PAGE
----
Somewhere out there, right now, someone is planning to reinvent the way your business is done, and leave you and your company in the dust while they're doing it.
That was one of the key messages Mike Evans, managing partner of QuestMark and author of "Achieve With Accountability: Ignite Engagement, Ownership, Perseverance, Alignment and Change" had for attendees of the Sept. 6 keynote at Northstar Meetings Group's Destination Southeast hosted buyer conference.
In his presentation, "Survive and Thrive in the New World of Work: The Age of Disruptive Competition," Evans warns that success can often bring a degree of arrogance as well as complacency that says, "we're doing well, there's no need to change." And that, Evans says, "is when somebody reinvents the way we do business."
Evans, who is represented by Goodman Speakers, says complacency and the status quo are "a significant danger to individuals as well as organizations." He adds, "Whether you're an individual or a small company or a large corporation, there's a real need to consistently improve, innovate, adapt, and embrace change."
Just as Amazon demolished bookstores and Netflix killed off Blockbuster, the agents of change are sweeping through just about every industry and field of endeavor, he says. And this change isn't going to just sweep away companies. White-collar jobs have already been lost to the likes of enterprise resource planning (ERP) and SAP solutions, and more will be lost in coming years. Evans points to surgical robots that are reaching the point where they can do some procedures as well as or even better than human surgeons as an example of how few jobs are really secure anymore.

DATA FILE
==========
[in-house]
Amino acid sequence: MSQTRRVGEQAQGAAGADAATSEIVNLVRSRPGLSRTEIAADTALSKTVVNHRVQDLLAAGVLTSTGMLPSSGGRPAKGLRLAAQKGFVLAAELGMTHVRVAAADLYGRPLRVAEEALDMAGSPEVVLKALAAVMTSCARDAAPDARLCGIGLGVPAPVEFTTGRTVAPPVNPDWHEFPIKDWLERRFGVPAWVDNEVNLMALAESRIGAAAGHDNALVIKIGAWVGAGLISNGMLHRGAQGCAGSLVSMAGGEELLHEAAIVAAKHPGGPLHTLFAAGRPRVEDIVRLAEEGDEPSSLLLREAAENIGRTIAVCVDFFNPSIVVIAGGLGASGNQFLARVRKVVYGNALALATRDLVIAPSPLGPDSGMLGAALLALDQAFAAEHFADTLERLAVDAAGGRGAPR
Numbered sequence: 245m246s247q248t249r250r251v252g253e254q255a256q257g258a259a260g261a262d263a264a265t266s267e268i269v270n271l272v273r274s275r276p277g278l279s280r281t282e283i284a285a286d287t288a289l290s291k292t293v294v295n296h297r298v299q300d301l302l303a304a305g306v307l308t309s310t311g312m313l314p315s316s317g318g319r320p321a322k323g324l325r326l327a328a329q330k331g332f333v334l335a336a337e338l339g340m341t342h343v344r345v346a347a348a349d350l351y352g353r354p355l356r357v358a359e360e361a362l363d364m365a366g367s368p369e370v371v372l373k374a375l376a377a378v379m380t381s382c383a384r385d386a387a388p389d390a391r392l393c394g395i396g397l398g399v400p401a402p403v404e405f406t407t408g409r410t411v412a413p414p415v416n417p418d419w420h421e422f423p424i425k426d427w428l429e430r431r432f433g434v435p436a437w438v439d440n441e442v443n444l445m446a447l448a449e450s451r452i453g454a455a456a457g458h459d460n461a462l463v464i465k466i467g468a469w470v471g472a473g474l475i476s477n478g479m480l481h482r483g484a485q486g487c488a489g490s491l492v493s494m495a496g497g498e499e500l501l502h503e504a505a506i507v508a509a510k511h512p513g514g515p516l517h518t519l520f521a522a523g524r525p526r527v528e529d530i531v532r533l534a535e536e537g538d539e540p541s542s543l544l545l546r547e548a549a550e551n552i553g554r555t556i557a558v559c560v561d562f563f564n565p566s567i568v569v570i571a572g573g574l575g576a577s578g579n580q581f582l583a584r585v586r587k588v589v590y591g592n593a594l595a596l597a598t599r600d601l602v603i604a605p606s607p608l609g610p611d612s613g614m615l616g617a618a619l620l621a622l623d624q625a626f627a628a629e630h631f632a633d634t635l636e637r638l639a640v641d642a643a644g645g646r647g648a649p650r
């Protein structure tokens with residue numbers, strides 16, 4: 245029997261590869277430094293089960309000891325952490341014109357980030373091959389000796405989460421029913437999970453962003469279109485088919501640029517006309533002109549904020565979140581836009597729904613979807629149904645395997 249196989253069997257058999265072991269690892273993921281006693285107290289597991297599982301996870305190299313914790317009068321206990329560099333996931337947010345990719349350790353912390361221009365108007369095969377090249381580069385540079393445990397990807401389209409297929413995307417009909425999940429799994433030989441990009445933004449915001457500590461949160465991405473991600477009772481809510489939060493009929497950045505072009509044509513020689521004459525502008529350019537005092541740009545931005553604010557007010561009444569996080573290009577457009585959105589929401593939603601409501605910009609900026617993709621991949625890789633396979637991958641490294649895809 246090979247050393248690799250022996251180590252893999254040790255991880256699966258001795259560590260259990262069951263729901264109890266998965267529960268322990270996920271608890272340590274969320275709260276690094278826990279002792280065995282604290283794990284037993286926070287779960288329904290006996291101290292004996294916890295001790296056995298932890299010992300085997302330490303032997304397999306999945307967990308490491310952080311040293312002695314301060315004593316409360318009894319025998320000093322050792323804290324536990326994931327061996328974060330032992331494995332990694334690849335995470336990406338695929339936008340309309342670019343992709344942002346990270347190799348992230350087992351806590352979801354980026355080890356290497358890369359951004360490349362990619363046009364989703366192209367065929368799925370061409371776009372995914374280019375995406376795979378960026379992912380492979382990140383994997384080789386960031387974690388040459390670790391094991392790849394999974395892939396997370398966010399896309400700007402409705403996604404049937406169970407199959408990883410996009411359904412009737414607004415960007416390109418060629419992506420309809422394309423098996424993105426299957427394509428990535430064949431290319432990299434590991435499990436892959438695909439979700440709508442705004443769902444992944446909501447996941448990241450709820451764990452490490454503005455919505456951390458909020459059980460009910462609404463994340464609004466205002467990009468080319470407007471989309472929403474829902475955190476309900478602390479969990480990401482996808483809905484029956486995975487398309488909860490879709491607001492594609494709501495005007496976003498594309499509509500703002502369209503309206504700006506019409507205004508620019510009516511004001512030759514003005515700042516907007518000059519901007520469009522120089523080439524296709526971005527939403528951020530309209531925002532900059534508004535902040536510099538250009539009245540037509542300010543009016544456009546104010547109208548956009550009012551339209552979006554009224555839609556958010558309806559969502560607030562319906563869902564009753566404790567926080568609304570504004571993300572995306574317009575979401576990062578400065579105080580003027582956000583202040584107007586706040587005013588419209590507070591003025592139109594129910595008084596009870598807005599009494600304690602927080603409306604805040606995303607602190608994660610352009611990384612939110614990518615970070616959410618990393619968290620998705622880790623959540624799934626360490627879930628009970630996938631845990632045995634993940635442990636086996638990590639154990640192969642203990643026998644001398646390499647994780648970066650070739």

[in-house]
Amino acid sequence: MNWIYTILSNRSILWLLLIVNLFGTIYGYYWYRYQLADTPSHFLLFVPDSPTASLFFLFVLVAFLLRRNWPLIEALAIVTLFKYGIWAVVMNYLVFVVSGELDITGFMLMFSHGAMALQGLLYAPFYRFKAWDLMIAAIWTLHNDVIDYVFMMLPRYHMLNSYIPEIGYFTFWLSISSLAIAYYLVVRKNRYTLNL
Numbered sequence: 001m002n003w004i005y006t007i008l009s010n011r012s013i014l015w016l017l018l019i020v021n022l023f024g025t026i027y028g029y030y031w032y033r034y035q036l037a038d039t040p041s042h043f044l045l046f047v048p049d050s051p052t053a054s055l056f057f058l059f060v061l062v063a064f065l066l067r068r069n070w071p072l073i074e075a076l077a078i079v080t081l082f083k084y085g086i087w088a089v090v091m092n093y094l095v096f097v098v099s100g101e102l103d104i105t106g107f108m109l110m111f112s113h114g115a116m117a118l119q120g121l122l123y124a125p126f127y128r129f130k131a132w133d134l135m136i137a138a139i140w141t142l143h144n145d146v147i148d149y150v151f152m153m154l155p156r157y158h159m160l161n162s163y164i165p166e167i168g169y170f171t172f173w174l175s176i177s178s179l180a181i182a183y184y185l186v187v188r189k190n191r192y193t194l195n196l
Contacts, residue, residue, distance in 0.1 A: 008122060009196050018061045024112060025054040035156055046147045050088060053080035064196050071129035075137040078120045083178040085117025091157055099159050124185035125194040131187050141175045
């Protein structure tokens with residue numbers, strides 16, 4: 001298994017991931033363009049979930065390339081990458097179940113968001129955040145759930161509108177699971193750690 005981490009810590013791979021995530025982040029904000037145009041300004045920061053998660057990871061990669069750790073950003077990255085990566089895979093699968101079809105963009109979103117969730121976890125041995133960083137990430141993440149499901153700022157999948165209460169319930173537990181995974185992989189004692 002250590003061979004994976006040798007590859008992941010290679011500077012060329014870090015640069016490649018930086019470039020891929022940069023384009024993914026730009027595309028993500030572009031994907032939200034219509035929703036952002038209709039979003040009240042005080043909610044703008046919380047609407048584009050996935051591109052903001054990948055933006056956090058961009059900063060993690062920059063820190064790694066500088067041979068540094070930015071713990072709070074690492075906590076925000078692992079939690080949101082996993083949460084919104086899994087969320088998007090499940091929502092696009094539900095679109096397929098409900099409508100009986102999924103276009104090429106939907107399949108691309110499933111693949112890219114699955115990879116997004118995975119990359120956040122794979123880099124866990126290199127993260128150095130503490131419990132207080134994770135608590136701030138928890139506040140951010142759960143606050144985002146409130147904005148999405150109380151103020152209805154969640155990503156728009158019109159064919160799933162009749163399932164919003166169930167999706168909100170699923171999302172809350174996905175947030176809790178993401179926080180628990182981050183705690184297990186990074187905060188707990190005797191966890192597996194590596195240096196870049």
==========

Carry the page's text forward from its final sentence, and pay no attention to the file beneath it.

"The key premise here is no matter where you work, no matter what you do, no matter what company you are with, there are a lot of forces out there that are creating significant change and the seeds of change are going to get more turbulent," Evans says. "Companies that aren't constantly reinventing themselves, organizations that aren't reinventing themselves, individuals that are reinventing themselves, learning more, building new competencies, building those skills, are in jeopardy of being on the outside looking in."
To survive and thrive in what he calls the new world of work requires resolve, perseverance, confidence and creativity, Evans says. Companies with the talent and leadership to show these qualities will be the top performers, maintaining a competitive edge in the midst of chaos that leaves others behind.
Evans outlines a model for success that is a pyramid with results on top, followed by actions and beliefs, and then by experiences at the base. Actions cause results, beliefs drive actions, and beliefs depend on experiences, he says. Change is hard because people revert to beliefs, so if you want better results you must focus on how people think and act.